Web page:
NEW YORK?LeBron James, Kobe Bryant and the NBA's other players from all-stars to also-rans are reportedly already in position to follow their American football counterparts and decertify as a union.
Citing unnamed sources, CBS Sports reported on its website Tuesday that the National Basketball Players Association (NBPA) has collected enough signatures to fold and press a court case for a new collective bargaining agreement.
The NFL players union decertified and star players filed an anti-trust suit in March. NFL club owners responded by imposing a lockout that was ordered to end by a judge on Monday, although the NFL is appealing that decision.
As the NFL case works through the legal system, fans are concerned that the scheduled September start of the season will be jeopardized and that the 2011 campaign might be shortened or delayed as billionaire owners and millionaire players argue over how to divide $9.1 billion in annual revenues.
The NBA's union agreement with players expires June 30, about two weeks after the conclusion of this year's NBA Finals. NBA club owners could lock out players after that date as NFL owners did their players.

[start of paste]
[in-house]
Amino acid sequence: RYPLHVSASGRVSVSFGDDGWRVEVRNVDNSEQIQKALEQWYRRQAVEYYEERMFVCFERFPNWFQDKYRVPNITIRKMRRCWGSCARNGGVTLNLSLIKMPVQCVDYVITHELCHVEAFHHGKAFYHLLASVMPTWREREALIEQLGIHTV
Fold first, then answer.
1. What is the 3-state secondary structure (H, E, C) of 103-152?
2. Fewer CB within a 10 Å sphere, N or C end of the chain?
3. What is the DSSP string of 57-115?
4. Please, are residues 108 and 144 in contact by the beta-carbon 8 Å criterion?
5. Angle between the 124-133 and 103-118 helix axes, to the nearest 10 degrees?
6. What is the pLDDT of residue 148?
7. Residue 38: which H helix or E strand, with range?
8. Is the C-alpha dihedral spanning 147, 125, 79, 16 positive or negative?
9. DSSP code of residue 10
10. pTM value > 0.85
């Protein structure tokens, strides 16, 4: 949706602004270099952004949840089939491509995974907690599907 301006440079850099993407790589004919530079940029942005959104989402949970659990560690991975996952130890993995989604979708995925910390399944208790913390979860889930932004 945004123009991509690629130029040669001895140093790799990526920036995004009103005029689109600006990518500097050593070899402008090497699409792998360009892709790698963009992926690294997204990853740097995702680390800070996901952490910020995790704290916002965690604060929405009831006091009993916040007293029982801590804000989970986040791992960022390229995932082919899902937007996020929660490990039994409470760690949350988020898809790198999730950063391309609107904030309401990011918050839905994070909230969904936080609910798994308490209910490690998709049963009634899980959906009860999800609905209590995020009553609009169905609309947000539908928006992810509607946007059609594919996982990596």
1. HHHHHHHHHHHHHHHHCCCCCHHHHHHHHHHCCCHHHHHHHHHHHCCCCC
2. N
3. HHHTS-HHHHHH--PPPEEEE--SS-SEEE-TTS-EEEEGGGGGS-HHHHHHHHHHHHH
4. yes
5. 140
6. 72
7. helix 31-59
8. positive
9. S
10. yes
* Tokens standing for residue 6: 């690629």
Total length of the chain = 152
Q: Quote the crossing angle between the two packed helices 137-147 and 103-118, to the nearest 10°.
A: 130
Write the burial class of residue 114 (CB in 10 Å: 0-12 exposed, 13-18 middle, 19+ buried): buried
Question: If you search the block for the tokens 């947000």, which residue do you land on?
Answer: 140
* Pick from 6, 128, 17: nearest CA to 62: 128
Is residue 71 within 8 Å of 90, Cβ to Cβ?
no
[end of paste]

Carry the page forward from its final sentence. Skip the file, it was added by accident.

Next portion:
With the next NBA season to start around November 1, US basketball stars could find themselves using legal tactics similar to the gridiron stars, especially since the ruling against the lockout and an earlier one against the NFL over taking money now from TV networks for future telecasts shows the courts might offer them an edge in talks.
"What it does is put pressure on us to sit down and settle this," NBPA executive director Billy Hunter told Sports Illustrated. "We just want a fair deal."
Hunter called the ruling against the NFL lockout, one that dismissed ownership claims the decertification was merely a sham, as "a great ruling for the players" but only the first move in a lengthy process.
"It's like the first round of a 15-round fight," Hunter told SI.
NBA commissioner David Stern said two weeks ago that he intends to give the NBPA a revised proposal soon with hopes of avoiding taking the NBA labor fight to court.
NBA owners want a similar style of salary cap to the NFL with fewer exceptions as well as shorter guaranteed contracts. NBA players want to keep the current soft cap and luxury tax system similar to Major League Baseball.
NBA players would also likely press their case in the same Minnesota federal court where the NFL case is being heard given the favorable lockout ruling. Both the NBA and NFL have teams based in Minnesota, as does Major League Baseball, which has a union deal expiring in December.